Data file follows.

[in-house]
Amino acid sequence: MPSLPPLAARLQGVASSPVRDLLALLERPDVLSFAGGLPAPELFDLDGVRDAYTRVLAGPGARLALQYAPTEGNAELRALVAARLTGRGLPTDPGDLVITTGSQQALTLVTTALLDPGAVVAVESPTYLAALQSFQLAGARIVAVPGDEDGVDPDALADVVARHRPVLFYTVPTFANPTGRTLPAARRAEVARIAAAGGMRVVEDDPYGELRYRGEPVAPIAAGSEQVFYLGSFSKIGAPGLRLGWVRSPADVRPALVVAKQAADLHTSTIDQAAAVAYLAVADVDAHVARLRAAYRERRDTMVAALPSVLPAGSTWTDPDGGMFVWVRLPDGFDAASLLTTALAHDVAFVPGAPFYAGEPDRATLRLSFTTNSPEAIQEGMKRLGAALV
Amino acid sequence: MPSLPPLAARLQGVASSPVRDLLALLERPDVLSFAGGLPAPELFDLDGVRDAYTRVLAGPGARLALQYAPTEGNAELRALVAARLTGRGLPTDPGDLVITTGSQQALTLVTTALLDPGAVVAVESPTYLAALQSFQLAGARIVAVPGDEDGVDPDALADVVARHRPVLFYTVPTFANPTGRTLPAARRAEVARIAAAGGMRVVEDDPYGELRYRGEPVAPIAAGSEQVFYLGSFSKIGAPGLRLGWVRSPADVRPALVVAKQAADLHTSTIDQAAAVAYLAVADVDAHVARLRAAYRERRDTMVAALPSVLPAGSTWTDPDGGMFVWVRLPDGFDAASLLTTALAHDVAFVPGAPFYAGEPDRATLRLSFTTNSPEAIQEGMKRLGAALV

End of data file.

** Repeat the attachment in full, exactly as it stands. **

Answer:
[in-house]
Amino acid sequence: MPSLPPLAARLQGVASSPVRDLLALLERPDVLSFAGGLPAPELFDLDGVRDAYTRVLAGPGARLALQYAPTEGNAELRALVAARLTGRGLPTDPGDLVITTGSQQALTLVTTALLDPGAVVAVESPTYLAALQSFQLAGARIVAVPGDEDGVDPDALADVVARHRPVLFYTVPTFANPTGRTLPAARRAEVARIAAAGGMRVVEDDPYGELRYRGEPVAPIAAGSEQVFYLGSFSKIGAPGLRLGWVRSPADVRPALVVAKQAADLHTSTIDQAAAVAYLAVADVDAHVARLRAAYRERRDTMVAALPSVLPAGSTWTDPDGGMFVWVRLPDGFDAASLLTTALAHDVAFVPGAPFYAGEPDRATLRLSFTTNSPEAIQEGMKRLGAALV
Amino acid sequence: MPSLPPLAARLQGVASSPVRDLLALLERPDVLSFAGGLPAPELFDLDGVRDAYTRVLAGPGARLALQYAPTEGNAELRALVAARLTGRGLPTDPGDLVITTGSQQALTLVTTALLDPGAVVAVESPTYLAALQSFQLAGARIVAVPGDEDGVDPDALADVVARHRPVLFYTVPTFANPTGRTLPAARRAEVARIAAAGGMRVVEDDPYGELRYRGEPVAPIAAGSEQVFYLGSFSKIGAPGLRLGWVRSPADVRPALVVAKQAADLHTSTIDQAAAVAYLAVADVDAHVARLRAAYRERRDTMVAALPSVLPAGSTWTDPDGGMFVWVRLPDGFDAASLLTTALAHDVAFVPGAPFYAGEPDRATLRLSFTTNSPEAIQEGMKRLGAALV